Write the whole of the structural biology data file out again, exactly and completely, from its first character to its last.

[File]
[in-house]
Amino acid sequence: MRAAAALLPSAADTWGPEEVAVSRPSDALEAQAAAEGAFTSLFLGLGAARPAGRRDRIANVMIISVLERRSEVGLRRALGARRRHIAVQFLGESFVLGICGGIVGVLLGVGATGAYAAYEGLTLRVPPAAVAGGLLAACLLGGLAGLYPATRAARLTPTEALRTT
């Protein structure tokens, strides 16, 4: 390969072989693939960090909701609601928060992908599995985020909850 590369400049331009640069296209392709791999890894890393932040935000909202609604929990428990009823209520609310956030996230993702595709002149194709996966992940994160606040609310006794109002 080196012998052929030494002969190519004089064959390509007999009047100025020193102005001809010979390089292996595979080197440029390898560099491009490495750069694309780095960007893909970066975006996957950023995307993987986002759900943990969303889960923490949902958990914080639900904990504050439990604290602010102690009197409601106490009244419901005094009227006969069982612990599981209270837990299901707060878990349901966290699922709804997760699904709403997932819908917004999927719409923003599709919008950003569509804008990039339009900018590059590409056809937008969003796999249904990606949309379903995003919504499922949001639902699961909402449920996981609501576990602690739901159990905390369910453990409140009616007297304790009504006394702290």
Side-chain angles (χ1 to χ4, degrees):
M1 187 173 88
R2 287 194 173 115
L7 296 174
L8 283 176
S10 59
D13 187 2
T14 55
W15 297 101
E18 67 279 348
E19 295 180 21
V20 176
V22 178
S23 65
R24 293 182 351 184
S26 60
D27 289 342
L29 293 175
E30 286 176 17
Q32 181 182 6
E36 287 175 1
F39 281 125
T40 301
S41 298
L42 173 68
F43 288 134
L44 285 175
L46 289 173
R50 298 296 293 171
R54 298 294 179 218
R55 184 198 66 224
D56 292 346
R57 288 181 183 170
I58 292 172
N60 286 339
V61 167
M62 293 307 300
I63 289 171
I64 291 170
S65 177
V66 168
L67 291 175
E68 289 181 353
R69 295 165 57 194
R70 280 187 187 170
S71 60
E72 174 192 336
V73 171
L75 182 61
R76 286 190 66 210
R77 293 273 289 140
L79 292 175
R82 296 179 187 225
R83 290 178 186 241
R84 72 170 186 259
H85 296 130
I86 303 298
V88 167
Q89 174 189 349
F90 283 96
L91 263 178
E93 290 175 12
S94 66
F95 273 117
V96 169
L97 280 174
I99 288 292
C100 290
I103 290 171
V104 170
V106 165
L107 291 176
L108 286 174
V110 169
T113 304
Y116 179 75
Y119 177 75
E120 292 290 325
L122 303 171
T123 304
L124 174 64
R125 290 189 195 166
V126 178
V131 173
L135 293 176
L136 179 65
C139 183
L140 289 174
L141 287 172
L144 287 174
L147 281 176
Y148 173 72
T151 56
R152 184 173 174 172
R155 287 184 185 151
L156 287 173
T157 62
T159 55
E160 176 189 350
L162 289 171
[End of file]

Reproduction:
[in-house]
Amino acid sequence: MRAAAALLPSAADTWGPEEVAVSRPSDALEAQAAAEGAFTSLFLGLGAARPAGRRDRIANVMIISVLERRSEVGLRRALGARRRHIAVQFLGESFVLGICGGIVGVLLGVGATGAYAAYEGLTLRVPPAAVAGGLLAACLLGGLAGLYPATRAARLTPTEALRTT
């Protein structure tokens, strides 16, 4: 390969072989693939960090909701609601928060992908599995985020909850 590369400049331009640069296209392709791999890894890393932040935000909202609604929990428990009823209520609310956030996230993702595709002149194709996966992940994160606040609310006794109002 080196012998052929030494002969190519004089064959390509007999009047100025020193102005001809010979390089292996595979080197440029390898560099491009490495750069694309780095960007893909970066975006996957950023995307993987986002759900943990969303889960923490949902958990914080639900904990504050439990604290602010102690009197409601106490009244419901005094009227006969069982612990599981209270837990299901707060878990349901966290699922709804997760699904709403997932819908917004999927719409923003599709919008950003569509804008990039339009900018590059590409056809937008969003796999249904990606949309379903995003919504499922949001639902699961909402449920996981609501576990602690739901159990905390369910453990409140009616007297304790009504006394702290």
Side-chain angles (χ1 to χ4, degrees):
M1 187 173 88
R2 287 194 173 115
L7 296 174
L8 283 176
S10 59
D13 187 2
T14 55
W15 297 101
E18 67 279 348
E19 295 180 21
V20 176
V22 178
S23 65
R24 293 182 351 184
S26 60
D27 289 342
L29 293 175
E30 286 176 17
Q32 181 182 6
E36 287 175 1
F39 281 125
T40 301
S41 298
L42 173 68
F43 288 134
L44 285 175
L46 289 173
R50 298 296 293 171
R54 298 294 179 218
R55 184 198 66 224
D56 292 346
R57 288 181 183 170
I58 292 172
N60 286 339
V61 167
M62 293 307 300
I63 289 171
I64 291 170
S65 177
V66 168
L67 291 175
E68 289 181 353
R69 295 165 57 194
R70 280 187 187 170
S71 60
E72 174 192 336
V73 171
L75 182 61
R76 286 190 66 210
R77 293 273 289 140
L79 292 175
R82 296 179 187 225
R83 290 178 186 241
R84 72 170 186 259
H85 296 130
I86 303 298
V88 167
Q89 174 189 349
F90 283 96
L91 263 178
E93 290 175 12
S94 66
F95 273 117
V96 169
L97 280 174
I99 288 292
C100 290
I103 290 171
V104 170
V106 165
L107 291 176
L108 286 174
V110 169
T113 304
Y116 179 75
Y119 177 75
E120 292 290 325
L122 303 171
T123 304
L124 174 64
R125 290 189 195 166
V126 178
V131 173
L135 293 176
L136 179 65
C139 183
L140 289 174
L141 287 172
L144 287 174
L147 281 176
Y148 173 72
T151 56
R152 184 173 174 172
R155 287 184 185 151
L156 287 173
T157 62
T159 55
E160 176 189 350
L162 289 171